28 Like 3 Dislike
This video introduces the viewer to some API concepts by making example calls to Facebook's Graph API, Google Maps' API, Instagram's Media Search API, and Twitter's Status Update API. /********** VIDEO LINKS **********/ Youtube's Facebook Page via the Facebook Graph API http://graph.facebook.com/youtube Same thing, this time with filters https://graph.facebook.com/youtube?fields=id,name,likes Google Maps Geocode API call for the city of Chicago http://maps.googleapis.com/maps/api/geocode/json?address=Chicago Apigee Instagram API console https://apigee.com/console/instagram HTTP Request Methods http://en.wikipedia.org/wiki/Hypertext_Transfer_Protocol#Request_methods Postman Chrome Extension https://chrome.google.com/webstore/detail/postman-rest-client/fdmmgilgnpjigdojojpjoooidkmcomcm?hl=en Twitter's Status Update documentation. https://dev.twitter.com/docs/api/1.1/post/statuses/update
An extended introduction to writing microservices with Scala and Play. This is a practice run through a talk I'm giving at Applicative Conf in NYC on Friday. http://applicative.acm.org/speaker-TobySullivan.html
In this talk I will discuss six fundamental concepts that underly effective Scala. How can programmers quickly and effectively learn to write idiomatic Scala? This is a question we at Underscore had to answer when developing our own training material. We knew we wanted to go beyond teaching syntax and give developers the concepts and techniques they needed to develop Scala in a systematic and idiomatic way. We identified six core concepts that cover a wide range of Scala programs. These concepts give programmers a reproducible way to create code -- once the problem domain is understood the code follows through a series of systematic and reproducible steps. The resulting code is robust and easily maintained. In this talk I will describe these six concepts, which are: - expressions, values, and types; - objects and methods; - algebraic data types; - structural recursion; - functors and monads; and - type classes. I will show how they let us create code in a systematic manner, and how we can go about teaching the concepts to new Scala developers. This talk should be of interest to anyone who is transitioning to, or leading a team that is transitioning to, Scala, and anyone interested in guidelines for idiomatic Scala code. Author: Noel Welsh Noel is a partner at Underscore, the leading Scala consultancy. Noel has over fifteen years experience in software architecture and development, and over a decade in machine learning and data mining.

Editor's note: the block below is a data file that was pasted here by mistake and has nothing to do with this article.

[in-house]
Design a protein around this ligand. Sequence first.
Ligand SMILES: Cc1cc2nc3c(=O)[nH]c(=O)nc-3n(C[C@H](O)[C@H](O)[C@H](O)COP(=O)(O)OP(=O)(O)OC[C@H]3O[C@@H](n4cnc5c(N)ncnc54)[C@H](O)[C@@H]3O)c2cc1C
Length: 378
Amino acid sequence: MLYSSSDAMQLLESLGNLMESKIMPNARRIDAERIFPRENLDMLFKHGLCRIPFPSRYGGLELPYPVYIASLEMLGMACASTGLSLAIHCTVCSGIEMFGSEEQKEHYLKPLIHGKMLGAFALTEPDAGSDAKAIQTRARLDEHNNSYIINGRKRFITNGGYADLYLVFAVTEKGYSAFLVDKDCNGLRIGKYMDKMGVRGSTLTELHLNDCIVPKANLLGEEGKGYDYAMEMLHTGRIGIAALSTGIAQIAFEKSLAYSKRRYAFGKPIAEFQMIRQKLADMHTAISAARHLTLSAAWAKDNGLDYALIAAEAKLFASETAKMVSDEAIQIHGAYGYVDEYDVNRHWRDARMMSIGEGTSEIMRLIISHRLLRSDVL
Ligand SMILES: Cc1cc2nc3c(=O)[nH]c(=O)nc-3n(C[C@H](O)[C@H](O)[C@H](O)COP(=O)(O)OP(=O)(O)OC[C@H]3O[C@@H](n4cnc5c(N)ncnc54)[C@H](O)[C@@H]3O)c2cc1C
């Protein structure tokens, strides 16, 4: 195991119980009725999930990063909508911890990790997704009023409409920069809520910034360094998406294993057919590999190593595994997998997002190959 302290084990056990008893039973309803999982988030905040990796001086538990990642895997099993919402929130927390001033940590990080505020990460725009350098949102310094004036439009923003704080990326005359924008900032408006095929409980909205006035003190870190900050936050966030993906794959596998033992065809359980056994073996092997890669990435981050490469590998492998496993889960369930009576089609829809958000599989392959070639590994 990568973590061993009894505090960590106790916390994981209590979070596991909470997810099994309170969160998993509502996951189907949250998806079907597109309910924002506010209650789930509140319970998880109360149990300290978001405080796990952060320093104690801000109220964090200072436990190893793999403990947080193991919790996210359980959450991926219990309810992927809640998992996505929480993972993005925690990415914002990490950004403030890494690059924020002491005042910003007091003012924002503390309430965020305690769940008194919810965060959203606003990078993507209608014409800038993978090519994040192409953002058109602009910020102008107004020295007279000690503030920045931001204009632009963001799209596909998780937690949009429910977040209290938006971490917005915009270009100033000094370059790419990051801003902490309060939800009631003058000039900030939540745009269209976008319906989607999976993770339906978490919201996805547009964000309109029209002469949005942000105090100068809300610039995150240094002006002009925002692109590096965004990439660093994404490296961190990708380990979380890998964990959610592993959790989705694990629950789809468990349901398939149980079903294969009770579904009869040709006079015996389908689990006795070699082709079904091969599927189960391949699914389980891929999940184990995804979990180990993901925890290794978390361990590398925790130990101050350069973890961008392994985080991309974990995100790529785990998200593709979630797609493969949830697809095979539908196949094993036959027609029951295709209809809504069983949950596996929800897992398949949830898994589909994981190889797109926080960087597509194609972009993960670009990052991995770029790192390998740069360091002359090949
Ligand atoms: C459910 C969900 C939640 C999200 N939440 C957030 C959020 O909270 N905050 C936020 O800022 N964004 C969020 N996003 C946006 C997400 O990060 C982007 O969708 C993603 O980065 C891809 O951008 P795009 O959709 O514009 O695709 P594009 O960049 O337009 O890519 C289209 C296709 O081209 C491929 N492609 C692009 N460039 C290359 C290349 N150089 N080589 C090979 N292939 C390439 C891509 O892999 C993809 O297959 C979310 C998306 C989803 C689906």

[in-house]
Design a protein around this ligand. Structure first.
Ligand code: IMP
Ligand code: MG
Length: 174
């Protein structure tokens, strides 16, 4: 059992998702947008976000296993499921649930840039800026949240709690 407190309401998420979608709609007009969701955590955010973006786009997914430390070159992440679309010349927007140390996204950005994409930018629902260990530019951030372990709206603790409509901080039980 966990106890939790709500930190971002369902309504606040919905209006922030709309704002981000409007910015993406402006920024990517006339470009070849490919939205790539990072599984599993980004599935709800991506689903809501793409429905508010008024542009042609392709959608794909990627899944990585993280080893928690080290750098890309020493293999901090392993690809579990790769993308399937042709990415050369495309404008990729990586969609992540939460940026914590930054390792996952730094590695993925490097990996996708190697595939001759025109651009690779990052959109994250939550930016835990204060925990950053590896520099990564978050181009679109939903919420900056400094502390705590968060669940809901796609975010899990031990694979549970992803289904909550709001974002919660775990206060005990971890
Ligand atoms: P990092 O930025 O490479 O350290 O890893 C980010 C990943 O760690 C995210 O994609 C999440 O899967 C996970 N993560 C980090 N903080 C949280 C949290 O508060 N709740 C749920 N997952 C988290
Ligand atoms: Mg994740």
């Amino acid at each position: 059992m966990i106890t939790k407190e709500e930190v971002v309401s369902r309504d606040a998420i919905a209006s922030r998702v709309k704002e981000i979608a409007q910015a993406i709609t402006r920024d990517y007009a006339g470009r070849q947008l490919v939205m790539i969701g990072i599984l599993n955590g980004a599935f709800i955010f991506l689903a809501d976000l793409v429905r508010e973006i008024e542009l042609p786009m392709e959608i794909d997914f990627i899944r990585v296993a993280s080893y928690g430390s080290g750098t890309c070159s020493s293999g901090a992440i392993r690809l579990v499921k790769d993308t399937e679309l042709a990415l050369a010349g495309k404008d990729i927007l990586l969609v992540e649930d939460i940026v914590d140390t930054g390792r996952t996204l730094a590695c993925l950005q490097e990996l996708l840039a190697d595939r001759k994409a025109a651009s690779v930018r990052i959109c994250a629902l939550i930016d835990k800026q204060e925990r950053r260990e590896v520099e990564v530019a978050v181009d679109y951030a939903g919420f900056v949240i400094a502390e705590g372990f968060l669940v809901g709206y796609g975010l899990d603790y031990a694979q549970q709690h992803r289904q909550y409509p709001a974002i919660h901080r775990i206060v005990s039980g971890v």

This video was recorded at Scala Days Copenhagen 2017 Follow us on Twitter @ScalaDays or visit our website for more information http://scaladays.org Abstract: Dotty is the project name for the next iteration of the Scala language. As we are nearing a first developer preview, this talk will give a summary of the major changes and innovations as they are currently implemented. I will show with many examples how you can increase the legibility and safety of your Scala programs using the new features.
"We've found that the Play Framework is one of the few frameworks that is able to maintain the delicate balance of performance, reliability, and developer productivity. In the Java and Scala world, nothing even comes close." That's what Yevgeniy (Jim) Brikman, the lead developer binging the Play Framework to LinkedIn, says in his description of the talk he gave at JaxConf 2013. Check out the video of that presentation, and find out how LinkedIn is using the Play Framework to build front-end and back-end services at massive scale. ** Follow along with the slides: http://mrkn.co/9mgzf
Play is fundamentally a framework for writing REST APIs. Therefore writing such a REST API, is very easy using Play. With the use of ScalikeJDBC, a tidy SQL-based DB access library, and the reverse engineering tool that comes with it, most of the work gets done for you. After this talk you’ll be able to build your first REST API in under 30 minutes, with model classes that are fully tested as well!
Thomas Meijers is a part-time software developer at Lunatech, while still pursuing a bachelor degree in Information Technology. With his passion for writing complex software, he mostly focusses on the combination of Scala with the Play Framework. With this basis he further fills his toolbox with practices such as functional programming, REST, reactive programming and NoSQL databases.